Truly smart cities resolve challenges before they ever even appear
Across the globe, cities are seeking to resolve some of their most pressing, modern-day challenges by becoming smart cities. They’re looking to become more connected, data-driven, sustainable, and economical, and the latest urban tech is poised to offer them all that – and more.
Nevertheless, embracing smart technologies and integrations often comes with its fair share of growing pains. Despite great advances in the field of smart city innovation, developers continue to be faced with several challenges that must be addressed and resolved before success can be achieved.
Here are 3 of the biggest obstacles faced by smart cities, and what can be done to overcome them and make a city truly smart in the 21st Century.
#1 – Old infrastructure
Despite the fact that urban tech has been developing and advancing at warp speed, the infrastructure on which it hinges has more-or-less been standing unchanged for decades – if not centuries. However, to fully harness the power and value of smart city innovations, existing infrastructure for water, power, and transportation must support the technologies of today and the goals they are designed to achieve.
True, funding for new infrastructure tends to be scarce, and municipalities are already scrambling to replace old and substandard infrastructure with safer, more sustainable, and smarter solutions, but not all smart city tech requires a complete infrastructure overhaul. By developing smart city solutions with existing infrastructure in mind – like Highroad portfolio company ACiiST does by transforming lamp posts into broadband IoT assets – future-forward startups and businesses can save time and money on installation and bring their innovations to market, faster, and with less burden on municipalities.
#2 – Data & privacy
Another threat to smart city success is digital security. On the one hand, smart cities seek to use cameras, sensors, and other data-capturing technologies to glean as much information as possible on city life and those who live within its bounds. This, to provide citizens with the best, most data-driven urban experience. Yet, at the same time, the simultaneous transmission of huge chunks of data over these internet-connected devices opens the door to data breaches and infringements on privacy rights. And even if no malicious hacking is enacted, citizens may feel as though their personal space has been invaded, making them less willing to share information of their own volition and keep the smart city space informed.
To resolve data and privacy concerns and mitigate risk, a two-pronged approach must be adopted. First, municipalities must adhere to relevant regulations, as mandated by local/federal governments, and the United Nations. This, to help strengthen data security and become more resilient in the face of potential breaches. Second, smart cities must implement a transparency policy, one that educated citizens vis-a-vis how their data is collected and used – and how it isn’t. Doing so will help foster trust and encourage information sharing, ultimately benefiting all.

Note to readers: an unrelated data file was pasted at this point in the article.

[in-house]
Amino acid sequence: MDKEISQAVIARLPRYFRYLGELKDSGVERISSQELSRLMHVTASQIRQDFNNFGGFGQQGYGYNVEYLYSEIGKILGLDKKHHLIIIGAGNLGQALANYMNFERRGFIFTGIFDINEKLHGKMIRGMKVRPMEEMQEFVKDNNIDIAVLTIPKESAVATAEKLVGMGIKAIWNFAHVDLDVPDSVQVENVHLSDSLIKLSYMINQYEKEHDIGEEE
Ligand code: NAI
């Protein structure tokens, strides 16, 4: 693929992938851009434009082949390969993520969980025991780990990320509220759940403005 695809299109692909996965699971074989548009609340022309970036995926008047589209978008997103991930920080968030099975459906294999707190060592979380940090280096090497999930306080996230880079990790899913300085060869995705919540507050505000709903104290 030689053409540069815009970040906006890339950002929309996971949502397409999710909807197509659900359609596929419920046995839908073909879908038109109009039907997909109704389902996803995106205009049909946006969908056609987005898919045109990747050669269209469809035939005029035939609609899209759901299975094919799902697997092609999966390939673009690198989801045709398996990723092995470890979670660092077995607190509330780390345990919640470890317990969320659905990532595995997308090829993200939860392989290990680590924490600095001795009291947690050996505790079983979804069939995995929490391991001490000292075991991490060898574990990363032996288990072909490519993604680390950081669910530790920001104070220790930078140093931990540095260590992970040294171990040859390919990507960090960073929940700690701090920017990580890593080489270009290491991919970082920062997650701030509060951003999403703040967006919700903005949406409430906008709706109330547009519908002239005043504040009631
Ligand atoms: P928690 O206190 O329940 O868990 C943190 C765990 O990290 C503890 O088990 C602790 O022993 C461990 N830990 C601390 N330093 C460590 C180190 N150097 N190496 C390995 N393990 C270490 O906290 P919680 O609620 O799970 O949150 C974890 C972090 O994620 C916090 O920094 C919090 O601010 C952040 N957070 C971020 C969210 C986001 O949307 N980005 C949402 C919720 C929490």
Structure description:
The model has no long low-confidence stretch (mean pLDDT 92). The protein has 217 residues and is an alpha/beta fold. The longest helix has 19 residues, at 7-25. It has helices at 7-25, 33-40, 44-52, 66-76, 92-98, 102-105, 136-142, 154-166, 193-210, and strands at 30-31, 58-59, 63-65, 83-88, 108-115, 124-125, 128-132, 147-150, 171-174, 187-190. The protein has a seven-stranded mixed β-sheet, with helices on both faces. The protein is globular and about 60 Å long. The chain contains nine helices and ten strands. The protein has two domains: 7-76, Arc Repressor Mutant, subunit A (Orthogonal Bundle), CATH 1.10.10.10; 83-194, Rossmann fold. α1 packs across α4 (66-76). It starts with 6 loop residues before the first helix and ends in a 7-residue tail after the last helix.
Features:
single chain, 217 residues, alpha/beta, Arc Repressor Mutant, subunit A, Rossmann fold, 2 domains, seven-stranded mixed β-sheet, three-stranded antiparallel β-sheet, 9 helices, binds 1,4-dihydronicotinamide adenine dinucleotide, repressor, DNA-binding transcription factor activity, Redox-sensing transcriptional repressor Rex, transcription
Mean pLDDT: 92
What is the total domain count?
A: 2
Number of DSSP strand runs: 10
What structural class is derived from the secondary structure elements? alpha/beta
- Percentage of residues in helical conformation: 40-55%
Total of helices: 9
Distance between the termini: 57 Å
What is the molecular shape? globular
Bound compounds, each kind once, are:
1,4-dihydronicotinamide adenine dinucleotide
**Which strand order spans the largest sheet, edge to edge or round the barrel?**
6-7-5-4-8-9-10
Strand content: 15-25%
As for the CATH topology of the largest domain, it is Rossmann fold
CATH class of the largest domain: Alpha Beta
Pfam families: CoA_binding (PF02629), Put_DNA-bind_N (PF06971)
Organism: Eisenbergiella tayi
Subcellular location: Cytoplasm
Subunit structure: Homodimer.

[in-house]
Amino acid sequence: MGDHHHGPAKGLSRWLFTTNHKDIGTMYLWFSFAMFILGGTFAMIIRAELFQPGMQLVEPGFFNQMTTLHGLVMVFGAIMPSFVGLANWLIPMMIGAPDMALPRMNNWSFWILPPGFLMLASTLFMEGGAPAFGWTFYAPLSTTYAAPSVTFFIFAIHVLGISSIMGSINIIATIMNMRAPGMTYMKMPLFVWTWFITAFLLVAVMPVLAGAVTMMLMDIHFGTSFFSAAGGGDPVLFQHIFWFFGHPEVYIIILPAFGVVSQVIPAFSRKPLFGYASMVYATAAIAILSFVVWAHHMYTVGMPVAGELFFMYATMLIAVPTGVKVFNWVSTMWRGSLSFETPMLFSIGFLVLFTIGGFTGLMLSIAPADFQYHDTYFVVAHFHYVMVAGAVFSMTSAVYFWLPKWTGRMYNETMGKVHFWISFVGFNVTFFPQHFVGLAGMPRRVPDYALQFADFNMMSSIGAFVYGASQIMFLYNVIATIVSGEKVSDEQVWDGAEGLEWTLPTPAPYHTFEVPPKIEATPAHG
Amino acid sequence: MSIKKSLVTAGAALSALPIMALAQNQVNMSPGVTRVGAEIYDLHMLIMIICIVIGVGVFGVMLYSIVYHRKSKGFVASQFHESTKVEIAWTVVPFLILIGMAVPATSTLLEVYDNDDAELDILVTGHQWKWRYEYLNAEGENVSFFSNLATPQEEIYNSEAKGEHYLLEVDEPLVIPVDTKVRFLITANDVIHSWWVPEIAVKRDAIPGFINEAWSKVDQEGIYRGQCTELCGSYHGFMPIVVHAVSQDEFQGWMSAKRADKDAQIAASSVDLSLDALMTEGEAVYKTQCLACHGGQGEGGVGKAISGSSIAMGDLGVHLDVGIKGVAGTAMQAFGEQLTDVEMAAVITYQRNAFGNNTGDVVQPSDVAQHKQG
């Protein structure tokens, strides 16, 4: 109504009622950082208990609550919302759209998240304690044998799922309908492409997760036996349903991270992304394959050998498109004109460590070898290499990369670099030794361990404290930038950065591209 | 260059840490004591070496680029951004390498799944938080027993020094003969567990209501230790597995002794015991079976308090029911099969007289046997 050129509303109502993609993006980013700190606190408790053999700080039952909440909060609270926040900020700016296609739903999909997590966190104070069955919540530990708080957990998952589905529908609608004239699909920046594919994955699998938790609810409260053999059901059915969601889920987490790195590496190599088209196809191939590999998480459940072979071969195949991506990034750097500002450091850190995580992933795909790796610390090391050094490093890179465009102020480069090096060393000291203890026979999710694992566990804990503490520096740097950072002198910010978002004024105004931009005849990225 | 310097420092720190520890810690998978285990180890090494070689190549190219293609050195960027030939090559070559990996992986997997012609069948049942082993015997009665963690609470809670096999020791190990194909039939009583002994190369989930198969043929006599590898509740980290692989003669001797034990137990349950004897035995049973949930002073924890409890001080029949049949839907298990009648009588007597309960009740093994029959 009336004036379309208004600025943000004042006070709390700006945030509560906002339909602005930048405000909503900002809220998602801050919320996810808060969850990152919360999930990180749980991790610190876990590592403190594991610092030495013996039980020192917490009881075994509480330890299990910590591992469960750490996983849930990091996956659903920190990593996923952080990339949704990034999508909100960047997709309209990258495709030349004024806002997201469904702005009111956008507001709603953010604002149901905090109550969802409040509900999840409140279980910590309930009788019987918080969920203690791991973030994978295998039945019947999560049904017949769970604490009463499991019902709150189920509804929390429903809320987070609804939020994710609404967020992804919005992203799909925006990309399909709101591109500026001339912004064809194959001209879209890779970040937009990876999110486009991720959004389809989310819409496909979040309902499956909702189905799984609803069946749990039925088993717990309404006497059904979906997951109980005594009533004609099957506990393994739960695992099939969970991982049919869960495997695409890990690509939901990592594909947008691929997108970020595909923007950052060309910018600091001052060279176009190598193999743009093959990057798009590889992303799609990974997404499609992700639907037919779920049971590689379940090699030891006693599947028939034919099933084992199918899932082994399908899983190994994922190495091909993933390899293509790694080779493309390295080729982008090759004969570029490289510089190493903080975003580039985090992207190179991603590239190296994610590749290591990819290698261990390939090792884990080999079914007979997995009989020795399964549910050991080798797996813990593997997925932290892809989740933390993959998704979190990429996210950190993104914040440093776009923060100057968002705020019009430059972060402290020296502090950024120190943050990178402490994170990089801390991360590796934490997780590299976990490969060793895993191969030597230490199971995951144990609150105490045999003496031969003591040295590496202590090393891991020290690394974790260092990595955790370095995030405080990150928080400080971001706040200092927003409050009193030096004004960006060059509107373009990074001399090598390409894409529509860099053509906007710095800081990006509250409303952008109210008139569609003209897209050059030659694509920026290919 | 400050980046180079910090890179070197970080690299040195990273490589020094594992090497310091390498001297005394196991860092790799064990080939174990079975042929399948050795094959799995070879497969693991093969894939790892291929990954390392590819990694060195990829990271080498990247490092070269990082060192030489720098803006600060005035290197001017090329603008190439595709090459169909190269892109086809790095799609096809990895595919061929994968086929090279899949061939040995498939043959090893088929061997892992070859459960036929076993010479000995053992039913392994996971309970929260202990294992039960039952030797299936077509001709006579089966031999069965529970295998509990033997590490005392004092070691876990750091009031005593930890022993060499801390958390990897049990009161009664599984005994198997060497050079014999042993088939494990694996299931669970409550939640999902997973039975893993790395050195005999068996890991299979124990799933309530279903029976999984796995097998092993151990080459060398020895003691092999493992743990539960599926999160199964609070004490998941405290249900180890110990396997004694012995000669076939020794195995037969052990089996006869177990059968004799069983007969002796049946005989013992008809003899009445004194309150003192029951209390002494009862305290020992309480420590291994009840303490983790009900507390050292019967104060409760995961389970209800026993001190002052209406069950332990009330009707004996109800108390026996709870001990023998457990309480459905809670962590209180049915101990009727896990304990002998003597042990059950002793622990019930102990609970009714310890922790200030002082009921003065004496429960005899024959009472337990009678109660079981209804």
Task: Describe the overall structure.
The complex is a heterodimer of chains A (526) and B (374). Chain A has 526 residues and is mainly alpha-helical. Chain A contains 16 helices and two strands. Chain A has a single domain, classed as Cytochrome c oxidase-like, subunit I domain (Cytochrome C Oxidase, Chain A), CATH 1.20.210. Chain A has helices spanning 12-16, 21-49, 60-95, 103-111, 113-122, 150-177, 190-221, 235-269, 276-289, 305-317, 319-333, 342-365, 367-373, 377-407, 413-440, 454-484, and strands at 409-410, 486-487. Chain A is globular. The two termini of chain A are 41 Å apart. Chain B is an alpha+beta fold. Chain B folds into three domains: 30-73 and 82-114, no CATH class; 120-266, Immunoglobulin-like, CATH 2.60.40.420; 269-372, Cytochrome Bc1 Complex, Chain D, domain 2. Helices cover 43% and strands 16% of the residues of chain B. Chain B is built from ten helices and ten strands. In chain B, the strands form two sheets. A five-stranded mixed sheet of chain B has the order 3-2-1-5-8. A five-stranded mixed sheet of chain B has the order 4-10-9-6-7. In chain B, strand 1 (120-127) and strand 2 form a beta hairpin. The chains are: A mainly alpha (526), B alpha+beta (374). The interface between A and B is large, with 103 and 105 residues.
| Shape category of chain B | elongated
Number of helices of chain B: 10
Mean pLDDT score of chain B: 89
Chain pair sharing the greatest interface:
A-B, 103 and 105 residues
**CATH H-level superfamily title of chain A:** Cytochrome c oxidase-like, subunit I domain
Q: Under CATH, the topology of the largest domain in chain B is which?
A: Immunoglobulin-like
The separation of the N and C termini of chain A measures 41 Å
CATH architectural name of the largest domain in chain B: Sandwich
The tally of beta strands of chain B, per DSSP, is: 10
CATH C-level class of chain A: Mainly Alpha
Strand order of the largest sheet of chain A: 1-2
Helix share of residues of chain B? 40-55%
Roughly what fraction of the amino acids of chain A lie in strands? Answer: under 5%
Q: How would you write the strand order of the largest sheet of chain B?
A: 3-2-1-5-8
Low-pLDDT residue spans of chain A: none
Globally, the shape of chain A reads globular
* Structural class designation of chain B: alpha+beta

#3 – Citizen engagement
When asked what the most critical requirement for a smart city is, citizen engagement leads the pack, second only to data sharing. This of course, comes as no surprise. For smart cities to be truly “smart,” they need locals to take advantage of the technologies and infrastructure at their disposal and use them to improve their quality of life. How else will cities learn what citizens want and need in the form of city facilities, services, and information? That being said, encouraging citizens to get off their duffs and take an active role in smart city decision-making on top of engaging with the tech as they go about their daily lives is easier said than done. People are busy, stretched thin, and tend to be uninterested in extending themselves even further, even if it is in their best interests.
For this reason, creating smart cities must involve education. Teaching citizens why empowering them to state their needs rather than making top-down decisions on their behalf is key. After all, even the most open, accessible data cannot work to a smart city’s advantage, when the minds of its citizens are resolutely shut. Creatively showing locals how even the most advanced technological systems still require a (skilled) human touch goes a long way. Sending out educational emails (in a bold and engaging format), holding open meetings, and showing citizens HOW THEIR VOICE is being heard and implemented RIGHT NOW can be any smart city’s key to a door of endless possibilities.
Highroad is on a mission to help cities become smarter, smoother
Highroad Launchpad is a unique accelerator program designed to help the next generation of smart city developers optimize their offering, secure funding, and make critical connections to take the smart city space by storm. We seek to take the best and brightest startups in the fields of smart cities and urban mobility to new heights, so that they, in turn, can help municipalities overcome these and other obstacles, and create smarter, more connected cities for all.
Think your startup has what it takes to resolve the biggest smart city hurdles? Contact us about joining the next Highroad Launchpad cohort, today!